Not all of these early missions had a successful outcome. Sometimes it took so long for the message to get to the Cloncurry base that it was just too late by the time the flying doctor got there. Very soon, however, the service was enhanced by Alfred Traeger’s invention of a pedal wireless (radio) which enabled them to send and receive communications across vast distances. The pedal wireless and the flying doctor were soon to become icons of medicine in the Australian Bush.
Kenyon St Vincent Welch was the first flying doctor and served for one year, before returning to Sydney to continue his practice. In his year of service, he treated 225 patients and made 50 flights, covering an area of 32,000 kilometres.
The first official flight for the Flying Doctor Service left Cloncurry in May 1928. The aircraft, name Victory, was piloted by Arthur Affleck, and Dr Kenyon St Vincent Welsh was the attending doctor. The flight’s destination was Julia Creek, 85 km away, and after an hour’s flying the little plane landed at the makeshift airstrip to be greeted by over 100 people.
The achievements of these two pioneers of the Flying Doctor Service were remarkable. In his first year, Dr St Vincent Welsh attended two hundred and fifty-five patients suffering everything from typhoid fever to gunshot wounds. Arthur Affleck flew with no navigational aids other than the maps provided by Flynn, no radio and only a compass to help with directions. He navigated by landmarks, such as fences, rivers, dirt roads, and telegraph lines, and landed at airstrips that were usually just cleared paddocks.
For the first year, Qantas charged two shillings per mile flown and also provided an engineer based at Cloncurry.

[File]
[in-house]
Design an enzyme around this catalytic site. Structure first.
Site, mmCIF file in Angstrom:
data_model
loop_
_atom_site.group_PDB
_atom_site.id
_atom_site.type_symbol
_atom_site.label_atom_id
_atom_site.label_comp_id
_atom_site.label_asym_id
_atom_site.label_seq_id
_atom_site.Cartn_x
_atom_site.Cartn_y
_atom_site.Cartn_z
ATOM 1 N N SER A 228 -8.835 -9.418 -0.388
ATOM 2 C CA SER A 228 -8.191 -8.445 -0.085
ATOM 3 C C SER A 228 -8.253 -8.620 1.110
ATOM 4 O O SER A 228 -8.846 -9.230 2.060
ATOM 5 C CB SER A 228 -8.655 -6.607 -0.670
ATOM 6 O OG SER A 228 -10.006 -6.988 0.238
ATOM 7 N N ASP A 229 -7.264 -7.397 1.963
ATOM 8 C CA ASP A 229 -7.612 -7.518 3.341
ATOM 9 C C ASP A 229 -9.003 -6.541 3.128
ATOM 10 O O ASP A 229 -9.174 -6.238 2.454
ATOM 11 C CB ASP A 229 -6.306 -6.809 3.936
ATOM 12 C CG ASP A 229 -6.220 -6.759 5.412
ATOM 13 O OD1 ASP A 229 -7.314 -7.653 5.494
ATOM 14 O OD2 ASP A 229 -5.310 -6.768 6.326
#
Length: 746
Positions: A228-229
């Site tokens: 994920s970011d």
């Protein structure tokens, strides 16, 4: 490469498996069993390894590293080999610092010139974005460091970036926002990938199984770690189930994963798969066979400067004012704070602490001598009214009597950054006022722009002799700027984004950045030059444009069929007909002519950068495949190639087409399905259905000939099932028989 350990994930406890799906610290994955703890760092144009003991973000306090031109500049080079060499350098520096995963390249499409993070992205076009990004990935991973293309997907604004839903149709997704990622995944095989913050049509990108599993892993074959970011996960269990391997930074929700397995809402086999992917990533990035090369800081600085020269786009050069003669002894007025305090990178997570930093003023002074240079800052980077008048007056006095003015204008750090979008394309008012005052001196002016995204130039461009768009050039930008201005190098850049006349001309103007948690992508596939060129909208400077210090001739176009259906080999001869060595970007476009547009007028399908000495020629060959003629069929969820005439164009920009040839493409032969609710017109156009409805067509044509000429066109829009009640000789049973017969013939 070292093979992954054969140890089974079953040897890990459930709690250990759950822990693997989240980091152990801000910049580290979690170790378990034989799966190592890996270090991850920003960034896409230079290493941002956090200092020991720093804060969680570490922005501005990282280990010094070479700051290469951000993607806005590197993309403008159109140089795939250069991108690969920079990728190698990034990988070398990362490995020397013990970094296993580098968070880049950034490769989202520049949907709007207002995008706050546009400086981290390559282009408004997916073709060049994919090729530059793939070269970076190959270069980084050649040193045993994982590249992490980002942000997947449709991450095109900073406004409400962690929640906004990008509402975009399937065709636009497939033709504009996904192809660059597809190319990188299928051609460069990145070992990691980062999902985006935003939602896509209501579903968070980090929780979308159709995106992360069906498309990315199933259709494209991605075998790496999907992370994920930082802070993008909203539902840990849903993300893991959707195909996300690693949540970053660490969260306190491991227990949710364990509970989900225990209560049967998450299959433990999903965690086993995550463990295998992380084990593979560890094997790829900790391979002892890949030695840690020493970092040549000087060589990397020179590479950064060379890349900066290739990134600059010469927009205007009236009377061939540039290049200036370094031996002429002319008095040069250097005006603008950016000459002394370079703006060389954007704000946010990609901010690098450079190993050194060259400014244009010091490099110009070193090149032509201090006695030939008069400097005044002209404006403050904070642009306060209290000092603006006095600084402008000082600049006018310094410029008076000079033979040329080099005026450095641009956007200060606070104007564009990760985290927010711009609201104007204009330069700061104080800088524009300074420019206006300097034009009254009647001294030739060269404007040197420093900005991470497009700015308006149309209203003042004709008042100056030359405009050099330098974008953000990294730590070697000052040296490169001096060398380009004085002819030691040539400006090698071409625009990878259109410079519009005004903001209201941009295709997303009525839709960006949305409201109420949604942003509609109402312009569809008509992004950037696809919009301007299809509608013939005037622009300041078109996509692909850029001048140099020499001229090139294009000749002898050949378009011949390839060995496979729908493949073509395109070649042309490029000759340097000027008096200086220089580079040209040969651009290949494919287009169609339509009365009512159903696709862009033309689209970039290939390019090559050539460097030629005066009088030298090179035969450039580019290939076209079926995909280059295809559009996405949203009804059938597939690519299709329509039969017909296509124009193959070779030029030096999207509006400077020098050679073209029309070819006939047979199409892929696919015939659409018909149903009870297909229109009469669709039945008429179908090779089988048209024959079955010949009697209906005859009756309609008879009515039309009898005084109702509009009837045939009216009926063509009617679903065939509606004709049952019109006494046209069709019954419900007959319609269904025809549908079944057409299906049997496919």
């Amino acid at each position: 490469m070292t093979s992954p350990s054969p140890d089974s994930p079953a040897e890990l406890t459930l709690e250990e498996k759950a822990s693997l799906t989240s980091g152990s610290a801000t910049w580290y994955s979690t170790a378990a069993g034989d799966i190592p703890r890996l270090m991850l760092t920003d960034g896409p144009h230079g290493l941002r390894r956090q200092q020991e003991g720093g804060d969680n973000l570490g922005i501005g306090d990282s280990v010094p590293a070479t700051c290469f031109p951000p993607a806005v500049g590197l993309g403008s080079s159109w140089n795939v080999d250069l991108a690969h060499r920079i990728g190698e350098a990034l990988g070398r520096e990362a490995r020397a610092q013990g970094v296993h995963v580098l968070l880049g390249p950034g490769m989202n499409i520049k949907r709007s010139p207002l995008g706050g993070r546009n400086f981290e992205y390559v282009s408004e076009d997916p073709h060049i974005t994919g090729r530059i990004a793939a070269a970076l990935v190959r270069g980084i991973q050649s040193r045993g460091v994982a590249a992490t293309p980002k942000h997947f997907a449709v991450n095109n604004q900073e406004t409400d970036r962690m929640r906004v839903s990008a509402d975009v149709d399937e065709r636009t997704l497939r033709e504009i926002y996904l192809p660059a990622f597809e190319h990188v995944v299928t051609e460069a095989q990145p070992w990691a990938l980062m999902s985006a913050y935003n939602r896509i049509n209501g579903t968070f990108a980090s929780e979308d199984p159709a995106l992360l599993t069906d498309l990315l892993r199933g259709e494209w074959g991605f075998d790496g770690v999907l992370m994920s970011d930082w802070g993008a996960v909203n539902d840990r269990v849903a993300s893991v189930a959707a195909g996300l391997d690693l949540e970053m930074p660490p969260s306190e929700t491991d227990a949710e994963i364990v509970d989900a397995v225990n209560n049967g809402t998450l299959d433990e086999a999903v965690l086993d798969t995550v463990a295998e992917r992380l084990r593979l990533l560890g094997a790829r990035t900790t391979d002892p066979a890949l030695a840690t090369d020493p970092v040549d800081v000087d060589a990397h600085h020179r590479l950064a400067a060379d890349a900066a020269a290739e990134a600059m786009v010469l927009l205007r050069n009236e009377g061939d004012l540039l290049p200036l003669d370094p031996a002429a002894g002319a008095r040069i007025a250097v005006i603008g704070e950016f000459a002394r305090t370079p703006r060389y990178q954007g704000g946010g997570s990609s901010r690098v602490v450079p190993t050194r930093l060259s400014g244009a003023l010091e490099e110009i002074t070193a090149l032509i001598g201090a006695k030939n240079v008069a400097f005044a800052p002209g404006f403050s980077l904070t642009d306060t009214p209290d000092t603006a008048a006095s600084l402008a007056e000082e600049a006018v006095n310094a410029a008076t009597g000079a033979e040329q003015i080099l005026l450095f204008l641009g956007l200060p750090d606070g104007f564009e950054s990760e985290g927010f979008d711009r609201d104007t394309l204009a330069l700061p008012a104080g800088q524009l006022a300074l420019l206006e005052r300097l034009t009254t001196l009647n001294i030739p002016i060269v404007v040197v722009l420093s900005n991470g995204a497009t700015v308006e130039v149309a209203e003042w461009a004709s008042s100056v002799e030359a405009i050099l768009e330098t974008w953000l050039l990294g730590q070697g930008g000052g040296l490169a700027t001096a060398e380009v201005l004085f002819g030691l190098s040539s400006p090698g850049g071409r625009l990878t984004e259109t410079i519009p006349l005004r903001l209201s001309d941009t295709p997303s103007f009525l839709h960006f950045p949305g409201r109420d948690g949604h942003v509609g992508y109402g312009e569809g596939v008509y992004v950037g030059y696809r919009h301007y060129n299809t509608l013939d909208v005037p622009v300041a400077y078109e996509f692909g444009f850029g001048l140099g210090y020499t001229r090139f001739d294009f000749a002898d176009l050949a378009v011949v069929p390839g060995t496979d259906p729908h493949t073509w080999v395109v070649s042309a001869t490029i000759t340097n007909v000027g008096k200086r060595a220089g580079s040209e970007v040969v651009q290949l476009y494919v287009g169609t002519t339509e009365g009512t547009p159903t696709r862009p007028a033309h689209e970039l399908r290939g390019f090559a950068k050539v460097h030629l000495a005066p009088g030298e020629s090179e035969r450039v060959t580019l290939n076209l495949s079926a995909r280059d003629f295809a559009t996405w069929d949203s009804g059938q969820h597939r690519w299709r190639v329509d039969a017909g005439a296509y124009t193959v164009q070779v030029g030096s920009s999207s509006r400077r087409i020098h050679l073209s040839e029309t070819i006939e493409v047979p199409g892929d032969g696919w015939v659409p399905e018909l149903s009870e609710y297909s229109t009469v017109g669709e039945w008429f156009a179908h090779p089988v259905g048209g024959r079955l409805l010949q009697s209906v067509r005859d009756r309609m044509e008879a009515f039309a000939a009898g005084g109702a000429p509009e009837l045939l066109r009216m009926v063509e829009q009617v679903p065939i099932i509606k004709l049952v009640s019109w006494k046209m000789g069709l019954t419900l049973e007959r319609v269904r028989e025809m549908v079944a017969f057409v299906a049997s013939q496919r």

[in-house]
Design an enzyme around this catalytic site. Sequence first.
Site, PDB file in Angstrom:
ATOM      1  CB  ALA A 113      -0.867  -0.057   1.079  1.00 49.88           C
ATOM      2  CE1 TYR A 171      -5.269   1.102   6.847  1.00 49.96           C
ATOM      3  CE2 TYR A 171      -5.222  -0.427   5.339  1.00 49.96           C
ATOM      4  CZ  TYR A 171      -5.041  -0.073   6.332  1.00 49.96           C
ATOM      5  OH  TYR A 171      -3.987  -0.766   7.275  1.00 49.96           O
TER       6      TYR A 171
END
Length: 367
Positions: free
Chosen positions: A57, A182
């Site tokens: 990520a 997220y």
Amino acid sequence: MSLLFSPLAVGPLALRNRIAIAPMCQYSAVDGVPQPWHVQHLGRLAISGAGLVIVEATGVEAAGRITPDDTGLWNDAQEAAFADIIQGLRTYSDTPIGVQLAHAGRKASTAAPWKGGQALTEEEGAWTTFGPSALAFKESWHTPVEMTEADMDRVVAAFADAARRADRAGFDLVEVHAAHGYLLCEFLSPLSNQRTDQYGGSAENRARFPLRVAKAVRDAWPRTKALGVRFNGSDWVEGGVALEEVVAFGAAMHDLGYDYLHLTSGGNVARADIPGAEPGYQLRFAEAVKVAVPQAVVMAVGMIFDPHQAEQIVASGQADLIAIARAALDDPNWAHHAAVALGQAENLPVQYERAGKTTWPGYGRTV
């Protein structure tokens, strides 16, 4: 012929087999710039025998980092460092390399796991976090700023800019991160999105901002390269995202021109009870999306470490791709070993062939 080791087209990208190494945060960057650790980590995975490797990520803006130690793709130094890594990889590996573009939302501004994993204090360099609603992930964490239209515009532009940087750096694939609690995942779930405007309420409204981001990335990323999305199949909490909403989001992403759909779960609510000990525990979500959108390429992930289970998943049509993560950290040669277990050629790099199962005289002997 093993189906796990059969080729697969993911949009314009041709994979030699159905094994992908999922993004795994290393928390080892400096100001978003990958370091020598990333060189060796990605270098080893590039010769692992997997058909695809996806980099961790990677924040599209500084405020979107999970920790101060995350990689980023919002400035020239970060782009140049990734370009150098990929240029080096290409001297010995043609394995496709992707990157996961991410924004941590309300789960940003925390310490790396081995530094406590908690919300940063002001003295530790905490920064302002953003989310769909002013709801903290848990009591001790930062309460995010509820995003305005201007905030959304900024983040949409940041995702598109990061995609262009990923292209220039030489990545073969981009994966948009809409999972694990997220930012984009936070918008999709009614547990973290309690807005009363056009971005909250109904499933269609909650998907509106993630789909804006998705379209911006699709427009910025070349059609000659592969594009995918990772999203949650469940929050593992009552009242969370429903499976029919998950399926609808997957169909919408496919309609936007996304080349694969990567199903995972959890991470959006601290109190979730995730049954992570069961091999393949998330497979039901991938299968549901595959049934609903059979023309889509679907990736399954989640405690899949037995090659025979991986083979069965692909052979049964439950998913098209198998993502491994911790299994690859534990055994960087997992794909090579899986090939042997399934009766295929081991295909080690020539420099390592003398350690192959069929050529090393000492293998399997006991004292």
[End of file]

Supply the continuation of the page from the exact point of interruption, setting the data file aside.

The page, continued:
When the service began, the Flying Doctor’s responsibilities were to fly to urgent cases, render first aid and, if necessary, transport the patient to hospital; give advice by radio; fly a regular clinic circuit to areas without doctors; and consult with rural and remote doctors. Despite severe financial difficulties, the Service survived the Depression years. Flynn and his ‘right-hand man’, Dr Alan Vickers, realised the need to expand the service to a national operation, and summonsed the support of both the national parliament and the Presbyterian Church to establish the Australian Aerial Medical Service in 1934.
John Flynn’s associates : https://atributetoaustralianchristians.wordpress.com/2010/10/31/john-flynns-associates/
J Atcheson Spalding : https://atributetoaustralianchristians.wordpress.com/2011/05/23/j-atcheson-spalding/
Of note : The De Havilland D H 50, designation VH-UER, originally belonging to QANTAS was initially chartered by John Flynn for Aerial Ambulance work. The first flight was on 17 May 1928. Soon after the aircraft was acquired by the Australian Inland Mission. The name of the aircraft, Victory was selected by John Flynn to commemorate the financial help from Hugh Victor McKay of Sunshine, Victoria. The aircraft is featured on Australia’s $20 note.
While it has not yet been established that Kenyon St. Vincent Welch or Arthur Affleck were ‘Christians’, they obviously supported the work of the Rev John Flynn. Further background and information on Kenyon St. Vincent Welch and Arthur Affleck would be appreciated.